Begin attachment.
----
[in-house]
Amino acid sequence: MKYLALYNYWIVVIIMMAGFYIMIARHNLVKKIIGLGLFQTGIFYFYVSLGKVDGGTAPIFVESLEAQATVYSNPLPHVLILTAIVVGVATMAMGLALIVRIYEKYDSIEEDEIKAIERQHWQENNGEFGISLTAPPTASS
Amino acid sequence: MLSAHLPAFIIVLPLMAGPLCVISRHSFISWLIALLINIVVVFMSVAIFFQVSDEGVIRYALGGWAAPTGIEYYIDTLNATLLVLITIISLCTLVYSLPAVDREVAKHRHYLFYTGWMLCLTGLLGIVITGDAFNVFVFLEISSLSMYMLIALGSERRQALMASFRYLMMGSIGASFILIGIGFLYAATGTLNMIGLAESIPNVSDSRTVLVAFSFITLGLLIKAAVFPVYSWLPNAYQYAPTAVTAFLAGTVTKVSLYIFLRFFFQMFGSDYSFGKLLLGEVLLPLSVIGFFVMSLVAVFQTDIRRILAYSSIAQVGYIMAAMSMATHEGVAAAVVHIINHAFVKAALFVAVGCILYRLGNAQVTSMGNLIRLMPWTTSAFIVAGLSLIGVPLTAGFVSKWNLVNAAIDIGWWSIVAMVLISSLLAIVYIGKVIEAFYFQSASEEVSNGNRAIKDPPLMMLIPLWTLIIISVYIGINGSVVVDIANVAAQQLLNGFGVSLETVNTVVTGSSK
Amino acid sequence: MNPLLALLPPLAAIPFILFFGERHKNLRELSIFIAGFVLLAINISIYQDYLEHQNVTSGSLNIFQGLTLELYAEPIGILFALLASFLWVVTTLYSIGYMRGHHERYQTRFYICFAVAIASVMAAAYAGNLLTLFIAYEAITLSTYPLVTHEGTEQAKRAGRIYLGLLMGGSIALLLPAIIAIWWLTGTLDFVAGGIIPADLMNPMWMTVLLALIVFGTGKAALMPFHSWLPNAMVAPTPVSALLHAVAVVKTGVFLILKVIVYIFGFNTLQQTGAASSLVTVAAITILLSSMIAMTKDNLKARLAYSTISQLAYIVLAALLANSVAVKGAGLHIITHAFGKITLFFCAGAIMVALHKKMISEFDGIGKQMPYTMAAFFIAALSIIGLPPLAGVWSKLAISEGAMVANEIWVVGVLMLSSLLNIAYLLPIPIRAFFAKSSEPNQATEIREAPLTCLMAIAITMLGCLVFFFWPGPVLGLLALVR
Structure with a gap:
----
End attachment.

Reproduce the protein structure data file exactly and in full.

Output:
[in-house]
Amino acid sequence: MKYLALYNYWIVVIIMMAGFYIMIARHNLVKKIIGLGLFQTGIFYFYVSLGKVDGGTAPIFVESLEAQATVYSNPLPHVLILTAIVVGVATMAMGLALIVRIYEKYDSIEEDEIKAIERQHWQENNGEFGISLTAPPTASS
Amino acid sequence: MLSAHLPAFIIVLPLMAGPLCVISRHSFISWLIALLINIVVVFMSVAIFFQVSDEGVIRYALGGWAAPTGIEYYIDTLNATLLVLITIISLCTLVYSLPAVDREVAKHRHYLFYTGWMLCLTGLLGIVITGDAFNVFVFLEISSLSMYMLIALGSERRQALMASFRYLMMGSIGASFILIGIGFLYAATGTLNMIGLAESIPNVSDSRTVLVAFSFITLGLLIKAAVFPVYSWLPNAYQYAPTAVTAFLAGTVTKVSLYIFLRFFFQMFGSDYSFGKLLLGEVLLPLSVIGFFVMSLVAVFQTDIRRILAYSSIAQVGYIMAAMSMATHEGVAAAVVHIINHAFVKAALFVAVGCILYRLGNAQVTSMGNLIRLMPWTTSAFIVAGLSLIGVPLTAGFVSKWNLVNAAIDIGWWSIVAMVLISSLLAIVYIGKVIEAFYFQSASEEVSNGNRAIKDPPLMMLIPLWTLIIISVYIGINGSVVVDIANVAAQQLLNGFGVSLETVNTVVTGSSK
Amino acid sequence: MNPLLALLPPLAAIPFILFFGERHKNLRELSIFIAGFVLLAINISIYQDYLEHQNVTSGSLNIFQGLTLELYAEPIGILFALLASFLWVVTTLYSIGYMRGHHERYQTRFYICFAVAIASVMAAAYAGNLLTLFIAYEAITLSTYPLVTHEGTEQAKRAGRIYLGLLMGGSIALLLPAIIAIWWLTGTLDFVAGGIIPADLMNPMWMTVLLALIVFGTGKAALMPFHSWLPNAMVAPTPVSALLHAVAVVKTGVFLILKVIVYIFGFNTLQQTGAASSLVTVAAITILLSSMIAMTKDNLKARLAYSTISQLAYIVLAALLANSVAVKGAGLHIITHAFGKITLFFCAGAIMVALHKKMISEFDGIGKQMPYTMAAFFIAALSIIGLPPLAGVWSKLAISEGAMVANEIWVVGVLMLSSLLNIAYLLPIPIRAFFAKSSEPNQATEIREAPLTCLMAIAITMLGCLVFFFWPGPVLGLLALVR
Structure with a gap: